To Boost Cancer Immunotherapy’s Fighting Power, Look to the Gut

Study reveals gut microbes alter body’s response to cancer immunotherapy

Closeup of a colon against a physicians' white coat and white gloves

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At a glance:

  • Immunotherapy has redefined cancer treatment, but not all patients experience the same benefit when treated.
  • New research in mice identifies how gut bacteria alter the body’s response to a common form of cancer immunotherapy.
  • The animals’ gut microbiota lowered the expression of two immune molecules, one previously unknown to play a role in cancer.
  • Using antibodies to block the activity of either molecule, or the interplay between them, enhanced response to cancer immunotherapy.
  • The findings can inform the design of treatments that boost the efficacy of cancer immunotherapy among patients with suboptimal response.

Cancer immunotherapy has transformed the treatment of many types of cancer. Yet, for reasons that remain poorly understood, not all patients get the same benefit from these powerful therapies.

One potent factor in treatment outcome appears to be an individual’s gut microbiota — the trillions of microorganisms that live in the human intestine — according to new research led by investigators at Harvard Medical School and Dana-Farber Cancer Institute.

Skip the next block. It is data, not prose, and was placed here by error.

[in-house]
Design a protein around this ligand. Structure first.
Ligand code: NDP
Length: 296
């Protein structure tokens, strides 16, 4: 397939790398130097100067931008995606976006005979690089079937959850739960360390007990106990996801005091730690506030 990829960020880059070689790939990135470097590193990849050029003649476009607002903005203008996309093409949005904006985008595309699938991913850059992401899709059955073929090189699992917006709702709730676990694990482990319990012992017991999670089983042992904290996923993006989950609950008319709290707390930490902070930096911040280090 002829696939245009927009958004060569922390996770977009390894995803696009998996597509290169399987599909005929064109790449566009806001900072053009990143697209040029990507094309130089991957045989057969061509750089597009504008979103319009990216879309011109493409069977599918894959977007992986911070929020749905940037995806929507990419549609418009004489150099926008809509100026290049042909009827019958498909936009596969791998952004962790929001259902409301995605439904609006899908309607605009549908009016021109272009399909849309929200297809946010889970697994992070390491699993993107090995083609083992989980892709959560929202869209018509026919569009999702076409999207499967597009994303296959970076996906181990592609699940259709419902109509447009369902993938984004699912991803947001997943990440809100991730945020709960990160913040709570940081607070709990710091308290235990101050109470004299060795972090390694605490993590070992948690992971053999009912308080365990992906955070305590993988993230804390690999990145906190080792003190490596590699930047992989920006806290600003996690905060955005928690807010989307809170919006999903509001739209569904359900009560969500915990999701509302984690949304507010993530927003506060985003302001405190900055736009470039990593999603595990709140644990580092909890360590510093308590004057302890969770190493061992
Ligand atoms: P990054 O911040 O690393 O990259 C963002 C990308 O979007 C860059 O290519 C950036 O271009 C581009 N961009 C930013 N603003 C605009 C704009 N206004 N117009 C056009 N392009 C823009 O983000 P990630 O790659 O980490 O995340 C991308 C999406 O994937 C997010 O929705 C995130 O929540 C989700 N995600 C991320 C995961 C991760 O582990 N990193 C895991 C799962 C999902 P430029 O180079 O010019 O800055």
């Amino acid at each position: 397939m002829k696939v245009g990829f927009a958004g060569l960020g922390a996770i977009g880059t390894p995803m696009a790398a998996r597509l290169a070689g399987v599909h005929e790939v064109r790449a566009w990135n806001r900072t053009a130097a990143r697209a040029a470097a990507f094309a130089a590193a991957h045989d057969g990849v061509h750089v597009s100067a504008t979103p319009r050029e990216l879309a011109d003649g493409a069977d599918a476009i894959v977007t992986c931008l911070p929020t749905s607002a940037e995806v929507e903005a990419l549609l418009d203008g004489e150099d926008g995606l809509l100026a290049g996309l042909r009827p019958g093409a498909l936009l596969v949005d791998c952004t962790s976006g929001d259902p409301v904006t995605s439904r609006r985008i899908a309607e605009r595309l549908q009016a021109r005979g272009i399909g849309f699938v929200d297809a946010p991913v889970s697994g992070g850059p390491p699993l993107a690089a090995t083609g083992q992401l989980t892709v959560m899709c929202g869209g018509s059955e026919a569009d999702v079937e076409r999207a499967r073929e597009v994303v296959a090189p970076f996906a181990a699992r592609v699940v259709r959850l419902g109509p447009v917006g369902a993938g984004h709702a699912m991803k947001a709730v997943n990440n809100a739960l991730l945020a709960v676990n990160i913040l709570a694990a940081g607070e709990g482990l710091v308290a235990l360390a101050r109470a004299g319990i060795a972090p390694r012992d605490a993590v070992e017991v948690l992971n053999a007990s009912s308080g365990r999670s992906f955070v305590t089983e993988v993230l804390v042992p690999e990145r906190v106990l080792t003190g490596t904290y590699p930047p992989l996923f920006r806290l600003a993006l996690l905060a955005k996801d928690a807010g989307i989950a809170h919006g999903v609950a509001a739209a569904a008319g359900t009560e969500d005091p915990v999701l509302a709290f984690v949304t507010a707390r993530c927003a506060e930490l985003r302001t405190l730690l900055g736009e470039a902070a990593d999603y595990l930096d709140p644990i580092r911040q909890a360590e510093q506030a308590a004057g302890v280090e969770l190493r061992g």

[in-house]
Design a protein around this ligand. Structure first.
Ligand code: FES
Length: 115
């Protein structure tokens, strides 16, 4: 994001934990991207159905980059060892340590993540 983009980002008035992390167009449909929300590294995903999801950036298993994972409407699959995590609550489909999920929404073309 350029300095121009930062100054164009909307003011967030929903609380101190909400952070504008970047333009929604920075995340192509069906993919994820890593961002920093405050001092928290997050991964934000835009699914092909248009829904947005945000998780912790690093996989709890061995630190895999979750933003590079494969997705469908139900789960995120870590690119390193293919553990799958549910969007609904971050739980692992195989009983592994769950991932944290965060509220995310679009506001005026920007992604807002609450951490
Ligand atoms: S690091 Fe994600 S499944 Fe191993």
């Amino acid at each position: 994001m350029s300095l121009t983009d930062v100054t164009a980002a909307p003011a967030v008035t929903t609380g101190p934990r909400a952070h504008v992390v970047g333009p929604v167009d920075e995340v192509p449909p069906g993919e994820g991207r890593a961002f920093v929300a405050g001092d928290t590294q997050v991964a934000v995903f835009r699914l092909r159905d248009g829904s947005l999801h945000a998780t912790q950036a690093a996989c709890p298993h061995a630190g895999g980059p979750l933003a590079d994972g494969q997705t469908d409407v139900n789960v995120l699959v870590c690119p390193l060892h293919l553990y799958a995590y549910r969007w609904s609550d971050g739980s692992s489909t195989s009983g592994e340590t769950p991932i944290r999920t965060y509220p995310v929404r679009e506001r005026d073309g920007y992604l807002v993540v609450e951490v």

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The study, done in mice and published May 3 in Nature, pinpoints how gut microbes enhance the body’s response to a common type of immunotherapy known as PD-1 checkpoint blockade, currently used for the treatment of 25 forms of cancer.

The research found that specific gut bacteria can affect the activity of two immune molecules — PD-L2 and RGMb — as well as the interplay between them.

The work also showed that blocking the activity of either molecule or the interplay between them enhanced responses to cancer immunotherapy and optimized the body’s ability to detect and destroy cancer cells.

“The engagement between PD-L2 and RGMb acts as a brake on cancer-fighting T cells, and our work shows that treatment with antibodies that block the interaction of PD-L2 with RGMb releases this brake and allows T cells to eradicate tumors,” said co-senior author Arlene Sharpe, the Kolokotrones University Professor at Harvard and chair of the Department of Immunology in the Blavatnik Institute at HMS.